The Moon in the Nautilus Shell: Discordant Harmonies Reconsidered
From Climate Change to Species Extinction, How Life Persists in an Ever-Changing World
Author Daniel Botkin’s “Magisterial and Beautifully Written” Examination of Our Role in Nature in an Age of Ideology
[For Immediate Release] In a world constantly confronted by global environmental problems, establishing effective ecological policies based on sound scientific principles, free from ideological and political influence, is vital. Our natural ecological systems are constantly changing and our plans, policies, and laws governing the environment must change to reflect our new understanding.
These are key messages from THE MOON IN THE NAUTILUS SHELL by Daniel Botkin (Oxford University Press, September 14.) Poised to be a core text of the twenty-first century environmental movement, The Moon in the Nautilus Shell challenges us to think critically about our role in nature, expanding upon the ideas put forth in Botkin's groundbreaking Discordant Harmonies (1990), a book considered by many to be the classic text of the environmental movement.
At the time, Botkin was among the first to challenge the then dominant view that nature ideally exists in a state of perfect balance, remaining constant over time unless disturbed by human influence. He argued that nature has no ideal state of balance, but is instead constantly evolving and fluctuating. It is critical to the success of our future initiatives that we acknowledge this fact.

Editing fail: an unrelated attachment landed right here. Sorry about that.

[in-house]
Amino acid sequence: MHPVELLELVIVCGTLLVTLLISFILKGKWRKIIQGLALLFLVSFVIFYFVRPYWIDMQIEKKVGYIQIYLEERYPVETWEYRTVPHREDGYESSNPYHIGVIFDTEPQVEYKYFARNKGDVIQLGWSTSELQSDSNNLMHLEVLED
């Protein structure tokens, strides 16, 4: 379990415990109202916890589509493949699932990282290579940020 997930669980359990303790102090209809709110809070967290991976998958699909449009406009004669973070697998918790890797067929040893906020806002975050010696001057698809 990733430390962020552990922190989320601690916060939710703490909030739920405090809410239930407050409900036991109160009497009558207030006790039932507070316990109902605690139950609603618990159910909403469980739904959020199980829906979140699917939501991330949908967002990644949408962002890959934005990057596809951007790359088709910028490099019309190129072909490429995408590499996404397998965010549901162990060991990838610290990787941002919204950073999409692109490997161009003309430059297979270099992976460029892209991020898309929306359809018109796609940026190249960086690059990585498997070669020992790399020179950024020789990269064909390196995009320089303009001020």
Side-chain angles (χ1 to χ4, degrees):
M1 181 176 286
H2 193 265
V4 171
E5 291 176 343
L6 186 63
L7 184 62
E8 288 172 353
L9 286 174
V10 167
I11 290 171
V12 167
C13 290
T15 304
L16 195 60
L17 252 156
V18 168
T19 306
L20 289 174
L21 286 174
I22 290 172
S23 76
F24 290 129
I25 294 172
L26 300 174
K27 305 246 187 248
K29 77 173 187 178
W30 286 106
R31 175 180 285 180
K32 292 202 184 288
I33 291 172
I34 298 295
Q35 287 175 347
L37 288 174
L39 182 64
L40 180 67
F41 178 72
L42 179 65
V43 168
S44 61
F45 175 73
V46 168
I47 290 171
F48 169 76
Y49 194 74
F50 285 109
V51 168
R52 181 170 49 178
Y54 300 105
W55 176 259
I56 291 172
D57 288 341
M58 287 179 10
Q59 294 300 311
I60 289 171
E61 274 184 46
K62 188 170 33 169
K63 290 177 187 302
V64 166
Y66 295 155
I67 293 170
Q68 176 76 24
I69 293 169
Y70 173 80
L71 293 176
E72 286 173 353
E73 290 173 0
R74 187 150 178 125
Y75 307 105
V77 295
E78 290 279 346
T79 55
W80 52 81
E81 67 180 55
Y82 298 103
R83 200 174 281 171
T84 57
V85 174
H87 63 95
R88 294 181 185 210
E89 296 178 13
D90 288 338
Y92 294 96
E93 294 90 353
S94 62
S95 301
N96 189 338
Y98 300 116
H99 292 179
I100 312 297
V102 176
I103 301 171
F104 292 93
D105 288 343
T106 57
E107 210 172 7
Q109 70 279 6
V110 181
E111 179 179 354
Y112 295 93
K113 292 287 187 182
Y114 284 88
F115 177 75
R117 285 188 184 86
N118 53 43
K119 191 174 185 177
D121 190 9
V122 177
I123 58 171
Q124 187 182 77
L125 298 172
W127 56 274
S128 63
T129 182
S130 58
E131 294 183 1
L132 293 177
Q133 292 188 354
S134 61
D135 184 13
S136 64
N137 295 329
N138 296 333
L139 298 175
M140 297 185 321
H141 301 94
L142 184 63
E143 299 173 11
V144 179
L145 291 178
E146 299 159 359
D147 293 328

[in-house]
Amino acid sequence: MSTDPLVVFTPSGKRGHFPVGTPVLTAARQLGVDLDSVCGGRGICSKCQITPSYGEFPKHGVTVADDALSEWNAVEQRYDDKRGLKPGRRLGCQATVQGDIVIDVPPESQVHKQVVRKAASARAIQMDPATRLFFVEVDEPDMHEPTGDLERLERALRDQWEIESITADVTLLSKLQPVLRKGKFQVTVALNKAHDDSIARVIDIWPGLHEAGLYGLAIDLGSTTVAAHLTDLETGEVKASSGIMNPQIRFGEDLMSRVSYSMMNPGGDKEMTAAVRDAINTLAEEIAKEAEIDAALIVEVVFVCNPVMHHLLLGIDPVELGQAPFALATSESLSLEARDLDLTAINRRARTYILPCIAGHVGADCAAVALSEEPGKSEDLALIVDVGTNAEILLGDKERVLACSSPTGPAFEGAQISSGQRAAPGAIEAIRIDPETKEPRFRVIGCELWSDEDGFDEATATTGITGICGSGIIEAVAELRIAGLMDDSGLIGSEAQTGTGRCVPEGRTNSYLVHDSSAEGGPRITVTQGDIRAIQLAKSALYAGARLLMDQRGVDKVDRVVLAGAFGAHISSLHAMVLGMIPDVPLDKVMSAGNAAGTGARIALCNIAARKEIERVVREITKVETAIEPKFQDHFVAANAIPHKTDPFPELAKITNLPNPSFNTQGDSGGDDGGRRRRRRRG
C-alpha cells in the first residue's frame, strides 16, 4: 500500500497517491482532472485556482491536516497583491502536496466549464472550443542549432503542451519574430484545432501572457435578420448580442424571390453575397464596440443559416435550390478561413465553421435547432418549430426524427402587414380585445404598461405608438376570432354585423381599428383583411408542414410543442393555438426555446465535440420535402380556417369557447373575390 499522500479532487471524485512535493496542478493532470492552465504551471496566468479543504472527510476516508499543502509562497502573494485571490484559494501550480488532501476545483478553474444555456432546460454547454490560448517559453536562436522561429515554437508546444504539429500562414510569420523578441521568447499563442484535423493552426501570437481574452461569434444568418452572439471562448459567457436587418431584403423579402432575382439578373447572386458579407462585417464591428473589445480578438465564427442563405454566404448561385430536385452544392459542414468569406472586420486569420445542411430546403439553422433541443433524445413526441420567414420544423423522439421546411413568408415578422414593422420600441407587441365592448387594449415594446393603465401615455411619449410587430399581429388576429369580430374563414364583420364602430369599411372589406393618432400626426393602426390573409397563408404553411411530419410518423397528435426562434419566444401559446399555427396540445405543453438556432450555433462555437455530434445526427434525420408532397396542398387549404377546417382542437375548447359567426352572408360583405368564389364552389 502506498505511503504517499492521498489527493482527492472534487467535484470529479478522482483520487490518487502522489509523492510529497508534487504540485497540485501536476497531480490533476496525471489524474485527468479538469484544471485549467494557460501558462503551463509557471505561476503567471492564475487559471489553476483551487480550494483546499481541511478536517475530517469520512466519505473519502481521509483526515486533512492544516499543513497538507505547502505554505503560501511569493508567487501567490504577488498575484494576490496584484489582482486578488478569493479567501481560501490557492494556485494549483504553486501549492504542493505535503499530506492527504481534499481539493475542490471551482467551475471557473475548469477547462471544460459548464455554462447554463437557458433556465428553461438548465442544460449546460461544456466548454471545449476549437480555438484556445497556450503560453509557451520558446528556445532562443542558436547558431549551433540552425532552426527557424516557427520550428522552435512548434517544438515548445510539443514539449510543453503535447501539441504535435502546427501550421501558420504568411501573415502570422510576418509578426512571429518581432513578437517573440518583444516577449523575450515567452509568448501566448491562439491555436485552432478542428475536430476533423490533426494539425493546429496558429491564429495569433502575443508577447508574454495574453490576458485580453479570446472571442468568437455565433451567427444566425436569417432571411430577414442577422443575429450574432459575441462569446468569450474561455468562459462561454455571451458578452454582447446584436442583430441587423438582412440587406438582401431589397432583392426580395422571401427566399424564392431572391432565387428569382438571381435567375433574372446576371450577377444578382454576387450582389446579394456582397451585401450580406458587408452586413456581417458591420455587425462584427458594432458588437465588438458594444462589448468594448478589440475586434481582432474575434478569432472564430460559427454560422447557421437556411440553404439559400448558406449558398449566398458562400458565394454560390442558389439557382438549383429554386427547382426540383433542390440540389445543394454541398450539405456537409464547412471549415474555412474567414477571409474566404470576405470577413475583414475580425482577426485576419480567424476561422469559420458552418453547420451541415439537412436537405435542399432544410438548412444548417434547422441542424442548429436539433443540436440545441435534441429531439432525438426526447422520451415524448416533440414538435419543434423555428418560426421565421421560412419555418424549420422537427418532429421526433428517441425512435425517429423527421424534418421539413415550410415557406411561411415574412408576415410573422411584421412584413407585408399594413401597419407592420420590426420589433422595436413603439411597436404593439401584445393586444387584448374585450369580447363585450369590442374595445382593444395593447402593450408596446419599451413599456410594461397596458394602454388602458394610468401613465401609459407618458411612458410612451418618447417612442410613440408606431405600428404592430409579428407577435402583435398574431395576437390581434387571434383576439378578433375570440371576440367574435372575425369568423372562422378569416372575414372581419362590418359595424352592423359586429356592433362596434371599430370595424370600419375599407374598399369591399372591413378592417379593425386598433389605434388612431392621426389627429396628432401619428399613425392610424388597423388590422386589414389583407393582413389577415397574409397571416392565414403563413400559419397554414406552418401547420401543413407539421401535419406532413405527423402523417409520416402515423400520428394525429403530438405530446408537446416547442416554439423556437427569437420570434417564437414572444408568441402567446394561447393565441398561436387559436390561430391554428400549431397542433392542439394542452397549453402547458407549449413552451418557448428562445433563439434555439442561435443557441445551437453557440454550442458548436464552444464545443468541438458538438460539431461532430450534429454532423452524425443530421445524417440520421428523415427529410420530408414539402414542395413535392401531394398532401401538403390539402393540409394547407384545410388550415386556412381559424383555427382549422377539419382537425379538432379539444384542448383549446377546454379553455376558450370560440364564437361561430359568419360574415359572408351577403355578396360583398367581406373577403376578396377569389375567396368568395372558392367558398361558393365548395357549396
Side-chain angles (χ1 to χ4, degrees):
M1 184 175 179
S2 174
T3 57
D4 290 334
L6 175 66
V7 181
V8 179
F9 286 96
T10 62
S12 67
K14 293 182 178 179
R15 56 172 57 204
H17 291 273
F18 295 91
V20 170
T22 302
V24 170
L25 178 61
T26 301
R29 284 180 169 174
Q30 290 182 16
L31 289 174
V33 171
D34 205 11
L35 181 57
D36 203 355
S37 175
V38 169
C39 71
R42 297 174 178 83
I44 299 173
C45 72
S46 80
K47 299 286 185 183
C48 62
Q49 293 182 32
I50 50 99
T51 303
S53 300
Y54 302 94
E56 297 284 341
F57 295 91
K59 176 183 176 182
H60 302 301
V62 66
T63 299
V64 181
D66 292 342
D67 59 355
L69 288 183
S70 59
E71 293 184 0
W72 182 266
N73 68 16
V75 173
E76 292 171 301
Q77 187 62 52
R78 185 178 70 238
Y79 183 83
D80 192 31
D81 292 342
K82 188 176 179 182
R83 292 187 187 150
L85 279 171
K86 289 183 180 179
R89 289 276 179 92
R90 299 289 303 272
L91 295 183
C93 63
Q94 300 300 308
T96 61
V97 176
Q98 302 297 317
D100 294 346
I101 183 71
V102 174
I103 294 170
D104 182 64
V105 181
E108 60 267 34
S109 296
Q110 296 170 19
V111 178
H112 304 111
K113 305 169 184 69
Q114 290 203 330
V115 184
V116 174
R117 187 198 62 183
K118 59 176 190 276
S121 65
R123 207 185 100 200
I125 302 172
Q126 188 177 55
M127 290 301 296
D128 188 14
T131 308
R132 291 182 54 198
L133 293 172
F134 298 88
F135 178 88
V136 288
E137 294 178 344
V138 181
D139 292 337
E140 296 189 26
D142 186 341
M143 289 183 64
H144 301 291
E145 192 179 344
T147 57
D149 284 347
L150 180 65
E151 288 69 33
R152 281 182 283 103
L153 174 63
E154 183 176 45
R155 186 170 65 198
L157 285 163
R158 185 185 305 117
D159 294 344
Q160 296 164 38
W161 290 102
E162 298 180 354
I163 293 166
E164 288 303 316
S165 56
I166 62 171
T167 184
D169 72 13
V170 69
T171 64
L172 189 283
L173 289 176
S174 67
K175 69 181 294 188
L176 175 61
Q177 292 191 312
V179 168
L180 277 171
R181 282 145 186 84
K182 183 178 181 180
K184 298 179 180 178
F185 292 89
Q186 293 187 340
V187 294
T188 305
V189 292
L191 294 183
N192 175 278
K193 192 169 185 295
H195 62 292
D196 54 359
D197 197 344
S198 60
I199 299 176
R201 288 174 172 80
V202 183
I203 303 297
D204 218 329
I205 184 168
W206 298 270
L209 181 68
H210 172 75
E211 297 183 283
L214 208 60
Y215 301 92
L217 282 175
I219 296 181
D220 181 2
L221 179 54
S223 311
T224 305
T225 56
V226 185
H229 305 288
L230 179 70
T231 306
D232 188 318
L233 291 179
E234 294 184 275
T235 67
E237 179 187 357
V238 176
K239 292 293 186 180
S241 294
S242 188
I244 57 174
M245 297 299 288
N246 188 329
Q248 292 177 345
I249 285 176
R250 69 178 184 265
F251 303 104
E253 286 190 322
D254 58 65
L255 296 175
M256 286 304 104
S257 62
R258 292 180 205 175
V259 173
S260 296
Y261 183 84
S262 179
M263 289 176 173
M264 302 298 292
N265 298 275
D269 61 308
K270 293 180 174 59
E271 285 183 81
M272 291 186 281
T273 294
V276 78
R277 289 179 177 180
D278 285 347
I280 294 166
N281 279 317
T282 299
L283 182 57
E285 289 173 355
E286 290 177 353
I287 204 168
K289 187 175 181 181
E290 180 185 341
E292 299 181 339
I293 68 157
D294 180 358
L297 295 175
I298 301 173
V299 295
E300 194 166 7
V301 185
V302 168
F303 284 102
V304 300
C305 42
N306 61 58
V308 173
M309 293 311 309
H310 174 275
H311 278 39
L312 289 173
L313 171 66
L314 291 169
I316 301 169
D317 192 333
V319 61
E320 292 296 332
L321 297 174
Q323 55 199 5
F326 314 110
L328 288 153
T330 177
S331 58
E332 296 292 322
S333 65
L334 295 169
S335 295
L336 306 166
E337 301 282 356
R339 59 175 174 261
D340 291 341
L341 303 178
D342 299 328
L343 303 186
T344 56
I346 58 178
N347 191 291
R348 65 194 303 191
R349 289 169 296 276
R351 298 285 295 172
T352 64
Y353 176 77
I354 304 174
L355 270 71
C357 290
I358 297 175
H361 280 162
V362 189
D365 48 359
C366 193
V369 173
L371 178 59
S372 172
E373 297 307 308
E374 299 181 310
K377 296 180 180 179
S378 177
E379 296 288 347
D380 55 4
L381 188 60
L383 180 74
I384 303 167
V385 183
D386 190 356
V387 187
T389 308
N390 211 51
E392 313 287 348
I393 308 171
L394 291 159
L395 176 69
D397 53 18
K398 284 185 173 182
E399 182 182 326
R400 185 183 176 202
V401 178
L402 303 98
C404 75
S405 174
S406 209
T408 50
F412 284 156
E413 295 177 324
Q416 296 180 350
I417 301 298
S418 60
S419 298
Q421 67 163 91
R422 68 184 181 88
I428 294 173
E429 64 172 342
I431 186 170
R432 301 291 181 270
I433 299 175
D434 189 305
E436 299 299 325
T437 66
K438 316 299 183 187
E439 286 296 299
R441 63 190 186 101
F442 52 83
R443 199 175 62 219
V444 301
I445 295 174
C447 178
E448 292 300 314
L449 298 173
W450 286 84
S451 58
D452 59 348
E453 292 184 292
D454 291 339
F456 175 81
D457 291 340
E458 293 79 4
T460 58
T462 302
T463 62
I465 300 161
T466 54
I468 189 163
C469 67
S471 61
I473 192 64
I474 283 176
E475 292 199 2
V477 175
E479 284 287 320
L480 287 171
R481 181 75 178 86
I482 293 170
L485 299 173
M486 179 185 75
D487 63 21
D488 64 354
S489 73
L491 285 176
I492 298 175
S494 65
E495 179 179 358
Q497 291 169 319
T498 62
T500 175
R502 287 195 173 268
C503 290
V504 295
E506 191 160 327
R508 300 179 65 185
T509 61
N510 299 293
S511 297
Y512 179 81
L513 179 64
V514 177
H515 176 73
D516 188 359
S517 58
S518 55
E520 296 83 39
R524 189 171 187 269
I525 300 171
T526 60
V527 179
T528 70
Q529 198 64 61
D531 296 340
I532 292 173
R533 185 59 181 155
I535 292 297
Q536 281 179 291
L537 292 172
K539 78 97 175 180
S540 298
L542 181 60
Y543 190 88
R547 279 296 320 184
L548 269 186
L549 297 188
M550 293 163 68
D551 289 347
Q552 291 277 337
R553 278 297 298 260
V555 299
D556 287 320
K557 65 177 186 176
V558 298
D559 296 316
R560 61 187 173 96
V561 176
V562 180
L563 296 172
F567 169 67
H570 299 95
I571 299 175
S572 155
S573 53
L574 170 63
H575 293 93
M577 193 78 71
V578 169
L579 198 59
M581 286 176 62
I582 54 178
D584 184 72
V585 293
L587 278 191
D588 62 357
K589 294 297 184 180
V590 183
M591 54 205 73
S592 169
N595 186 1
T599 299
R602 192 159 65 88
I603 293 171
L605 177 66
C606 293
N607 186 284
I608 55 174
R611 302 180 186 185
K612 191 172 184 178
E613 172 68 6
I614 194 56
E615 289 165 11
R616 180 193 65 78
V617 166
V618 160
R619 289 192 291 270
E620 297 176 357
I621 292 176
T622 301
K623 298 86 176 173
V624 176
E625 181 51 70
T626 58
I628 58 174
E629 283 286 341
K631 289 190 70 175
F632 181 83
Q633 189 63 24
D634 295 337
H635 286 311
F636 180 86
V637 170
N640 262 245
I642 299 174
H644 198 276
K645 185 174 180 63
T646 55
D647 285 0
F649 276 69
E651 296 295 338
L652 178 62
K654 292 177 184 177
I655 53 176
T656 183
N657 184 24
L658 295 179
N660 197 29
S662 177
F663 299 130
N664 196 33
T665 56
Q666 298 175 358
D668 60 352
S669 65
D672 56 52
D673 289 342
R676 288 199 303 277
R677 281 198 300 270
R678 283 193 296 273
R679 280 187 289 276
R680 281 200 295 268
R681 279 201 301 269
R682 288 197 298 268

And yet, in The Moon and the Nautilus Shell, Botkin warns that a belief in a balanced nature is alive and well. Despite scientific data to the contrary and a general scientific awareness of geological time and evolutionary processes, the assumption of a steady-state environment persists in our policies for biological conservation and environmental management.
Botkin explains that while our technologies and sciences have moved beyond the nineteenth century insights, “our perceptions of nature and the science of ecology, which attempts to explain and interpret nature, have lagged behind. He writes, “In some fundamental ways, ecology remains a nineteenth-century science, which continues to lead us into failures in the management of natural resources and to unsettling contradictions in our beliefs about nature and therefore about ourselves.”
Additionally, Botkin, a lifelong naturalist, writes passionately about the pull and importance of our personal, spiritual—or non-rational—response to nature, and about the effects that myths and folkways have on our thoughts about the natural world. But he also warns of the dangers inherent in confusing the rational and non-rational responses, whereby we allow the inner personal to determine what we tell ourselves are rational decisions and actions.
Far from a science textbook, The Moon in the Nautilus Shell includes lush passages about the role of science and the environment in our lives. As historian and ethnologist John Bockstoce notes, “this magisterial and beautifully written work weaves together threads from many disciplines -- from folkways and mythology and classical texts to the best of modern environmental science. Botkin tells it like it is, always objective, always fair, always tied to the facts."